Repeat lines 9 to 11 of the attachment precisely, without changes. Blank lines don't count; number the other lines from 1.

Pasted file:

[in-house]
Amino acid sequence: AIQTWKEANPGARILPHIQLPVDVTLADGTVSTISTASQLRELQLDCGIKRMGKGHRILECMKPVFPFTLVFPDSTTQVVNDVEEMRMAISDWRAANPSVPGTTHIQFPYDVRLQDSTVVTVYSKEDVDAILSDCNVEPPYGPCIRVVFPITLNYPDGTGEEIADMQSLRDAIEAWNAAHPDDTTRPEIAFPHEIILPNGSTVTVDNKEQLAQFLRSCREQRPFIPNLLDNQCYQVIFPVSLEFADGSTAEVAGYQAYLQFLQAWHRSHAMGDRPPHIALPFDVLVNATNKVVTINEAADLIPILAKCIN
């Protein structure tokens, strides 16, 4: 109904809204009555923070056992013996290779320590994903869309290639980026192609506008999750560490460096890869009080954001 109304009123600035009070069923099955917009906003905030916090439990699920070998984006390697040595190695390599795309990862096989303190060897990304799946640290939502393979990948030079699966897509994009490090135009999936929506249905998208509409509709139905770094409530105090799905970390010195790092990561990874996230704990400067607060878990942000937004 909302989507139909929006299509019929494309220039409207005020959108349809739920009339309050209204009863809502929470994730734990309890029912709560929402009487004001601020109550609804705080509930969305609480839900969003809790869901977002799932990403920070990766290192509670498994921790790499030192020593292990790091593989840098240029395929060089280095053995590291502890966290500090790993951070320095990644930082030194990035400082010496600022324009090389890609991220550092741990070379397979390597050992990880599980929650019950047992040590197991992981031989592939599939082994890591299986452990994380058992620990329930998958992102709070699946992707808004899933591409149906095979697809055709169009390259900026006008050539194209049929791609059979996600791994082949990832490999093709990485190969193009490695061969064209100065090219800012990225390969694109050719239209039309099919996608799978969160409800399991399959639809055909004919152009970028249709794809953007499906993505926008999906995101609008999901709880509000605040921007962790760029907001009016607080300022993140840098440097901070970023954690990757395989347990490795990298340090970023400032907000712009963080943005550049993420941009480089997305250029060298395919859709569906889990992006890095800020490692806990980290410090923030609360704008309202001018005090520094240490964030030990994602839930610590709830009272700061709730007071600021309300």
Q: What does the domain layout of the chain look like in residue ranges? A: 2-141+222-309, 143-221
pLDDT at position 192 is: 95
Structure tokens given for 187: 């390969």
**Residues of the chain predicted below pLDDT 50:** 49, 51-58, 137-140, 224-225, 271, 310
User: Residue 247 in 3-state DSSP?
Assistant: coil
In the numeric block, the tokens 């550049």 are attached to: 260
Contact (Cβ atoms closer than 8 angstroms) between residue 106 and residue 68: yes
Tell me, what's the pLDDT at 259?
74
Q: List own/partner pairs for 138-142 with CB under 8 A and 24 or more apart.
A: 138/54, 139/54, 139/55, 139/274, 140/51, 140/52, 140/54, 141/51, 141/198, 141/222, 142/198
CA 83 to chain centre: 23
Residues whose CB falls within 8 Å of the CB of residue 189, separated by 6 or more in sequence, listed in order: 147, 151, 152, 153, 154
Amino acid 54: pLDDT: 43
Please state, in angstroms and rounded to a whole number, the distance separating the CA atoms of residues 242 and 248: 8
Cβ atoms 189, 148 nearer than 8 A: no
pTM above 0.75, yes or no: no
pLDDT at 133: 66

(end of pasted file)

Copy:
Assistant: coil
In the numeric block, the tokens 């550049």 are attached to: 260
Contact (Cβ atoms closer than 8 angstroms) between residue 106 and residue 68: yes